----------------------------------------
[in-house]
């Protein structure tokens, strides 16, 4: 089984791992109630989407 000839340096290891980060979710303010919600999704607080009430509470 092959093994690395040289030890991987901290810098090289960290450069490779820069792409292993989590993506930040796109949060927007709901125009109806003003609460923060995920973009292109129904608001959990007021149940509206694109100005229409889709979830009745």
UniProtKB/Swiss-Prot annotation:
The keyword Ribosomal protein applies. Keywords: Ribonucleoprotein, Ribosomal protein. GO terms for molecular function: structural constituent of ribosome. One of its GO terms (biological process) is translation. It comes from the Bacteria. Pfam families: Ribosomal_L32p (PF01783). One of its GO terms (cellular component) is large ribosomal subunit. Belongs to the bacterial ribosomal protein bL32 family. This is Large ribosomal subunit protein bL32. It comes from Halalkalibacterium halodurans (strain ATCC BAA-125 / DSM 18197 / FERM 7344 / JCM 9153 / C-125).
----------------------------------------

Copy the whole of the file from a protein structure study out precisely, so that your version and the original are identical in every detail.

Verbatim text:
[in-house]
């Protein structure tokens, strides 16, 4: 089984791992109630989407 000839340096290891980060979710303010919600999704607080009430509470 092959093994690395040289030890991987901290810098090289960290450069490779820069792409292993989590993506930040796109949060927007709901125009109806003003609460923060995920973009292109129904608001959990007021149940509206694109100005229409889709979830009745």
UniProtKB/Swiss-Prot annotation:
The keyword Ribosomal protein applies. Keywords: Ribonucleoprotein, Ribosomal protein. GO terms for molecular function: structural constituent of ribosome. One of its GO terms (biological process) is translation. It comes from the Bacteria. Pfam families: Ribosomal_L32p (PF01783). One of its GO terms (cellular component) is large ribosomal subunit. Belongs to the bacterial ribosomal protein bL32 family. This is Large ribosomal subunit protein bL32. It comes from Halalkalibacterium halodurans (strain ATCC BAA-125 / DSM 18197 / FERM 7344 / JCM 9153 / C-125).